Yep, that's the most basic "tool" you need to get started in long exposure astrophotography. And if you want to shoot for like ten minutes without any trail, it won't be enough. With great focal lengths, after several minutes of shooting, you'll realize even the most expensive mount isn't perfect: periodic errors and stuff like this.
You're gonna need to set up a camera following a single star on an additional telescope and sending orders to the mount's motors to correct those errors. See what I meant by expensive field now?

Sébastien Fraud
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"We're gonna build a great green screen, and make the traditional matte painters pay for it"
Saniss for President 2016 - "Make VFX great again"

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Re: Astrophotography

Saniss, that's some fantastic stuff!

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Re: Astrophotography

Dude, badass. Bravo.

Re: Astrophotography

Thanks, guys. That means a lot to me.

Hopefully, if everything goes as it should, I'll order my new setup next month. My dream for a first shot with it would be the Orion Nebula once again, but we're getting close to the end of its visibility period. I might have to wait until next winter.

Sébastien Fraud
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"We're gonna build a great green screen, and make the traditional matte painters pay for it"
Saniss for President 2016 - "Make VFX great again"

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Re: Astrophotography

Wicked shots Saniss.  I may get inspired enough to process the milky way pano I took last summer. T2i and a tripods all I've been using, but I have a t-mount for my 4" reflector, but it works best under daylight.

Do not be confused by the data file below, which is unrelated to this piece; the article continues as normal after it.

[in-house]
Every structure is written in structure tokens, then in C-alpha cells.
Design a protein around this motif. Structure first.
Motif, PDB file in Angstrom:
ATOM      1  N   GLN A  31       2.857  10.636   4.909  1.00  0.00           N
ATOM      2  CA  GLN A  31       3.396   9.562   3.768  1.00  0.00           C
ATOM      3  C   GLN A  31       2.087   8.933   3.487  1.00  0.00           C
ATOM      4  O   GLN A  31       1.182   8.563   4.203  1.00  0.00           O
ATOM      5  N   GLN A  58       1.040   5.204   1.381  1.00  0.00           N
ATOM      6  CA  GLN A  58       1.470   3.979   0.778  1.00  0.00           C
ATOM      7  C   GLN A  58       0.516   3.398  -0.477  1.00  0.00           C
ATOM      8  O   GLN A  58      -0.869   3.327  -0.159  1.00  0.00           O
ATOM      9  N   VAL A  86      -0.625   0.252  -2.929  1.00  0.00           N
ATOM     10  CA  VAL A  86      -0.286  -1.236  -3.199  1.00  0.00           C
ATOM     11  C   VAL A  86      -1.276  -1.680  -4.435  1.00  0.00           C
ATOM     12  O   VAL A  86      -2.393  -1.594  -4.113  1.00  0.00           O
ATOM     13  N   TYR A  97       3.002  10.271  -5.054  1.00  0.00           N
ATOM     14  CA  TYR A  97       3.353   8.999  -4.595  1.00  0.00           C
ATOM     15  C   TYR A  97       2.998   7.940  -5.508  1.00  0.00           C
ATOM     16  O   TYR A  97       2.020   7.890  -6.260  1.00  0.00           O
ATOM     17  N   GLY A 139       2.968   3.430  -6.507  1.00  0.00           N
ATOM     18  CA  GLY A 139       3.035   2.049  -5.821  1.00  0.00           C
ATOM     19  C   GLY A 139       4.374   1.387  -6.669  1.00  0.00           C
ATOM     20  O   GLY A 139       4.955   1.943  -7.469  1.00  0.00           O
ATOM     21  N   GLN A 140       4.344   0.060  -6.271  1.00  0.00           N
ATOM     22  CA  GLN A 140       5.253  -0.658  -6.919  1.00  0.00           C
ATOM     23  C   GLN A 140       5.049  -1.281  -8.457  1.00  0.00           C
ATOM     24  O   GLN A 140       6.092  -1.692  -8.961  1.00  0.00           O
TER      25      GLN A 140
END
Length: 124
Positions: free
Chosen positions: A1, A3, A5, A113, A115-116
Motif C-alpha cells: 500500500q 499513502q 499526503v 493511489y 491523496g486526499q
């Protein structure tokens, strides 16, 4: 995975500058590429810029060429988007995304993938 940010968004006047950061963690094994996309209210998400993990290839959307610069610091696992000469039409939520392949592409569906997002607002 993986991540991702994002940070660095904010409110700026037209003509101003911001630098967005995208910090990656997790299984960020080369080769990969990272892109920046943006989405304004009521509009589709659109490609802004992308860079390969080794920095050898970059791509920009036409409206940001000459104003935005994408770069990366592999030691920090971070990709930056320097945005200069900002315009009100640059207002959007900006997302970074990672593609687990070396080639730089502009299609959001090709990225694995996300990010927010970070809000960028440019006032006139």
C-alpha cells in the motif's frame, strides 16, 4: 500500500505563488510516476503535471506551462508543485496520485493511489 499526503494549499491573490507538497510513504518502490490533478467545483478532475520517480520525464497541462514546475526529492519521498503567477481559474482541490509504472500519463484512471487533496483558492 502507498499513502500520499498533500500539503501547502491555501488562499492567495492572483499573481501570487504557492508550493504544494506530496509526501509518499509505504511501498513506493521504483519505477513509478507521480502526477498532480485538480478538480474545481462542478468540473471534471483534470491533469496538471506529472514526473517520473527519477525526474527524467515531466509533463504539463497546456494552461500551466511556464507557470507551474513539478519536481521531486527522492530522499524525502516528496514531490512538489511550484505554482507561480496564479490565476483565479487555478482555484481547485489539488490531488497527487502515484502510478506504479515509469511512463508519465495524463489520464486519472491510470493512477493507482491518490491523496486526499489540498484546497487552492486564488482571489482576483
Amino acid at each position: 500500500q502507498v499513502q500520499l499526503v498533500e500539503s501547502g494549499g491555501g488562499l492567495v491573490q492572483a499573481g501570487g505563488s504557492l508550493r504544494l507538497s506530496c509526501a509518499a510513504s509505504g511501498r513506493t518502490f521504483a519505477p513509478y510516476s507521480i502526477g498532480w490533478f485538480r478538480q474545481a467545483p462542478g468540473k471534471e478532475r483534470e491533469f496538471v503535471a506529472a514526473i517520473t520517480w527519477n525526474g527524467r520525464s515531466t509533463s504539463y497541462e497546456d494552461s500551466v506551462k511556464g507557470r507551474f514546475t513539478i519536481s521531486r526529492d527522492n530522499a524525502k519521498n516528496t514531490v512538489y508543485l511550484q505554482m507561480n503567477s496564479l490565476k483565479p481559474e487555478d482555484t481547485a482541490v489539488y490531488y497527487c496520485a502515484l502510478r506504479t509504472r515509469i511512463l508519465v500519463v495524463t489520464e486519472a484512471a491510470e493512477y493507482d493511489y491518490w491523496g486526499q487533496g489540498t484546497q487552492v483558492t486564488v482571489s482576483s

(UTC-06:00) Central Time (US & Canada)

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Re: Astrophotography

Truly beautiful shots so far. I am genuinely inspired.

Imagination will often carry us to worlds that never were. But without it we go nowhere. - Carl Sagan

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21

Re: Astrophotography

Saniss! Those are gorgeous!

I wonder how easy a DIY equitorial tracking mount would be. Probably one of those things that seems easy in theory, but impossible to actually get to work. I'm thinking some sort of spinning platform (aligned to polaris?), that spins based on one of those clock-building kits, with a 1/24 gear ratio thing going on in there somewhere. That'd work, right?

I've got some shots I snagged during the Perseids meteor shower a year back- I should see if I copied em to this computer.

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Re: Astrophotography

What you described would probably work. There are two elements that need to be taken under great consideration though :
- the "quality" of the motors. Autoguiding is always the solution for long exposure, but it won't save motors with too much periodic errors. You can imagine such an equipment needs some precision to be efficient.
- balance. Your setup must be perfectly balanced with counterweights and stuff in order to work properly. Otherwise you'll lose efficiency and it will kill the motors.

I've seen several DIY equatorial mounts on the web; google it, you'll probably find useful information about all this.

Thanks for the comment!

Last edited by Saniss (2012-01-21 02:09:33)

Sébastien Fraud
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"We're gonna build a great green screen, and make the traditional matte painters pay for it"
Saniss for President 2016 - "Make VFX great again"

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Re: Astrophotography

Shot of the "supermoon" tonight, Canon T3i, tripod.

http://www.zarban.com/moon-shot-medium.jpg

full size

Warning: I'm probably rewriting this post as you read it.

Zarban's House of Commentaries

Re: Astrophotography

Damn, Super Moon is behind the clouds here. sad
Thanks for the pic!

"Life is about movies; anything else is a bonus!"- Me   cool

Re: Astrophotography

I've taken a few shots of the night sky and the moon, but I can't even begin to compete with telescopes.

Tomahawk Ellingsen

www.extendededition.net